Laravel comes with an included Authentication system complete with password resets that saves you from the burden of having to set it manually on all your projects. In one of the apps I built, there […]
Google is now recommending all sites to start moving to HTTPS by installing an SSL certificate. The benefits include a more secure experience and a rumored slight bump in SEO. I implemented Stripe payments on […]
As a developer I spend countless hours on the computer. Over time I accumulate a ton of cruft. Everything from old forgotten files, unused apps, and worst of all hidden junk that has been installed by following some random tutorial.
This past weekend I decided it was finally time to wipe my Macbook’s hard drive and start fresh. I have used it daily for several years now and still had artifacts from when I used Mamp. Since then Vagrant has turned to my local server of choice and one of the reasons is how clean you can keep your machine by utilizing it.
After finishing the new Mac OS X install it felt like a new beginning. So clean, so minimal. I’ve missed that.
This go around I wanted to keep it as minimal as possible and only install things I know I need and use. This tutorial covers how I set up my Mac for local PHP Development.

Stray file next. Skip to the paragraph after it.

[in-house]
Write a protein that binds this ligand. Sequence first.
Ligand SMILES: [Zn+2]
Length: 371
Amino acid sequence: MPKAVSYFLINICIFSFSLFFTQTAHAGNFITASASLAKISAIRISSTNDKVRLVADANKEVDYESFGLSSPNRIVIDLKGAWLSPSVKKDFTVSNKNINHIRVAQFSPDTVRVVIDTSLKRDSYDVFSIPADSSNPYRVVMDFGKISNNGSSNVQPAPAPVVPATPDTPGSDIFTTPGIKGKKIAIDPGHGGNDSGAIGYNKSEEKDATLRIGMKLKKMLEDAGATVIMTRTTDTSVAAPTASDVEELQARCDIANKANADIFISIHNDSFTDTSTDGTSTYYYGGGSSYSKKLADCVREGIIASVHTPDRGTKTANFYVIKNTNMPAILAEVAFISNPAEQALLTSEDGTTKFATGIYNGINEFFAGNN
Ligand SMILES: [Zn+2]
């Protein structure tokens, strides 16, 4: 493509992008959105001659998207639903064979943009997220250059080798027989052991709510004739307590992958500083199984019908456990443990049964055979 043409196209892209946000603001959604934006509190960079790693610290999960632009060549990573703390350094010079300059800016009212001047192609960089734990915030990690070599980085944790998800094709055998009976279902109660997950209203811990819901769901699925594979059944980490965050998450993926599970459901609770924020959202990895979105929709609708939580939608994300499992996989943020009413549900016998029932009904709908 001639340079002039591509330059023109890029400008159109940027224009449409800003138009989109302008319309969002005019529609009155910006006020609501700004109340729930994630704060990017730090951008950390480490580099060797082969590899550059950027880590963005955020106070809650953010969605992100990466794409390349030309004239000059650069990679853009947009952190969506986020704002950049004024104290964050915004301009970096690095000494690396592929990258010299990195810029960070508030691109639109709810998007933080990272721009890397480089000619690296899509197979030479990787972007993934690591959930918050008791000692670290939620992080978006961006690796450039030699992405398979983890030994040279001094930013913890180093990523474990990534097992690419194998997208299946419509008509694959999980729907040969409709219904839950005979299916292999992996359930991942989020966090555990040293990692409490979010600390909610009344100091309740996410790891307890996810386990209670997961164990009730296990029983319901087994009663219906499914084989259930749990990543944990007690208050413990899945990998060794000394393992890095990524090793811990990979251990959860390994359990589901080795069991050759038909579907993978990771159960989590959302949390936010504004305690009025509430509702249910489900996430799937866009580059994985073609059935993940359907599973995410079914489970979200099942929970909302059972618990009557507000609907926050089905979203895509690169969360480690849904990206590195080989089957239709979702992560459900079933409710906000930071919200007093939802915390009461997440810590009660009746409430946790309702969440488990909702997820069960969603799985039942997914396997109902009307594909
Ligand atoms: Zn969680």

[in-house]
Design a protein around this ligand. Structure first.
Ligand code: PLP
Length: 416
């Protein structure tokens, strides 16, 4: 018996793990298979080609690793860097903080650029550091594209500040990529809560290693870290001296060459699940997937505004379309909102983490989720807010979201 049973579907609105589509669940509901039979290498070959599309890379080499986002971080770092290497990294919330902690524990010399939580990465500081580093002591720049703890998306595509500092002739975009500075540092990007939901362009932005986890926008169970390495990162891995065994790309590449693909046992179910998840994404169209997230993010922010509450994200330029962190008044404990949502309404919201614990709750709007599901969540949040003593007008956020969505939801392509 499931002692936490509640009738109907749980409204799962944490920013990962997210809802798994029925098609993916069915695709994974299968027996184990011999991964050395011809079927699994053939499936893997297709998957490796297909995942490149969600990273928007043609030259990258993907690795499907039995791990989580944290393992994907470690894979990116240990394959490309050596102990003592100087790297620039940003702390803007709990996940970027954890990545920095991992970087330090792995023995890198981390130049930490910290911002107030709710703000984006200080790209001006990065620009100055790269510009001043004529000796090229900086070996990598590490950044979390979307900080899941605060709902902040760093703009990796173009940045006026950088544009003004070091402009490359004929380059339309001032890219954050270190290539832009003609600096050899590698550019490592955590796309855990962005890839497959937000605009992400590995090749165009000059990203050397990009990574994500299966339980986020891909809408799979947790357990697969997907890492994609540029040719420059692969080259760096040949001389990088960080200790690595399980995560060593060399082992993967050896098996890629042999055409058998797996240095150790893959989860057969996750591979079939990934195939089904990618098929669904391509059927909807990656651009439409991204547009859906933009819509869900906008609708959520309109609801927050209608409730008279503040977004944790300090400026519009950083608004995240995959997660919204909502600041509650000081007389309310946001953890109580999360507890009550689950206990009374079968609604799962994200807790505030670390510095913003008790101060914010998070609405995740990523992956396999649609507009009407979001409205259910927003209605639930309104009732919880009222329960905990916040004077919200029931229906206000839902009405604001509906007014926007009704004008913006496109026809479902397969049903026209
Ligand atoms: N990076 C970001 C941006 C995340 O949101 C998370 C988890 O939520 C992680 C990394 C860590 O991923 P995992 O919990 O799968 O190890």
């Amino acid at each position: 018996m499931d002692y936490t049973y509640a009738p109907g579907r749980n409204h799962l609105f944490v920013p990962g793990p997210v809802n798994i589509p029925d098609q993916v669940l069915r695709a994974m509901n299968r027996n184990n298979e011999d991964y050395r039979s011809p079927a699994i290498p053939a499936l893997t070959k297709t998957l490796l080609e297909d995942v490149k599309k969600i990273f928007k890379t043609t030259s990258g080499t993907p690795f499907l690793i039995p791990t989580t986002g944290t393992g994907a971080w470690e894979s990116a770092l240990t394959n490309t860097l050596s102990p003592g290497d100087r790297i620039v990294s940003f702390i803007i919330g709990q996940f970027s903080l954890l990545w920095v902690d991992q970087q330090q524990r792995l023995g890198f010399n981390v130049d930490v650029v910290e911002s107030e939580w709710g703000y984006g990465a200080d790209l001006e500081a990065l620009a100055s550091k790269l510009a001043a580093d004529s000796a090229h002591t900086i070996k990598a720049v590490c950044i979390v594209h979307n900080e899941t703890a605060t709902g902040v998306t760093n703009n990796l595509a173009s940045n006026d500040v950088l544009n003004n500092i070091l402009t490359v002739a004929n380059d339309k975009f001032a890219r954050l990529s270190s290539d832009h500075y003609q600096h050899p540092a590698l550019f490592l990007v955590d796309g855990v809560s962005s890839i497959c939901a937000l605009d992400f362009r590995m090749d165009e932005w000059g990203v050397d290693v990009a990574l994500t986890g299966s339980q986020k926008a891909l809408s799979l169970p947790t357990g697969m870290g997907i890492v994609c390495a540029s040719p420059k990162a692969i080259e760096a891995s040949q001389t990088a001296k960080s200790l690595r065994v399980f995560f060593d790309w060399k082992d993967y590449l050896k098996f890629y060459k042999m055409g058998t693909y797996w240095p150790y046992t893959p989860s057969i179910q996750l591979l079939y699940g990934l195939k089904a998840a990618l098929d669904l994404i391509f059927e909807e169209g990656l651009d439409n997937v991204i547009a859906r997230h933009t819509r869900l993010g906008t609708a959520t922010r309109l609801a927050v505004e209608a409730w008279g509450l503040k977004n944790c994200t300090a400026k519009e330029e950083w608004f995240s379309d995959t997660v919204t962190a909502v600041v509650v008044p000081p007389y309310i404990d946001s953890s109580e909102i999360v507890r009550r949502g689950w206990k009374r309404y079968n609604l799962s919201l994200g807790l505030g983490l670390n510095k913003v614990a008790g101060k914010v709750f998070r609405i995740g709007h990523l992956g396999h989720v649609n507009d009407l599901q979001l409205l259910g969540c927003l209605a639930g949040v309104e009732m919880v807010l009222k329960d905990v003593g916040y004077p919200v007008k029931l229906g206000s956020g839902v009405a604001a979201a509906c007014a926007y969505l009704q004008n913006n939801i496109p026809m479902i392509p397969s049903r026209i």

Yesterday marks the one-year anniversary of my weekly Laravel News newsletter. I managed to send a new issue almost every week and only missed two because of vacations. I had no idea what I was doing in the beginning, and still every week I’m learning something new about the science behind newsletters. In this post, I want to share some of the behind scenes on running the newsletter, a few stats, mistakes I made, and lessons learned during this first year.
Note: This tutorial is only relevant for Laravel 5.1 and lower. Laravel 5.2 has improved how this works.
If you’ve used Laravel’s form validation for any length of time, then you know it’s a powerful system. It makes the tedious task of validation very simple while still keeping the door open for complex rules.
In this tutorial, I want to show you a simple and easy way of validating forms that contain dynamic fields. A common use case for these types of forms is when you would like to allow a user to add more fields to a form.
MailChimp includes a neat drag and drop email designer, but it lacks the ability to customize your templates outside of just the basics. One such problem is the font choice. By default, it only includes a list of nine web safe fonts.
These fonts are your safest bet if you want to support as many email clients as possible, but I like to make my emails unique. In my opinion, a custom font gives the design a little extra pop and professionalism. In this tutorial, I want to outline a simple way of adding these to MailChimp’s included templates and still keep the nice drag/drop workflow.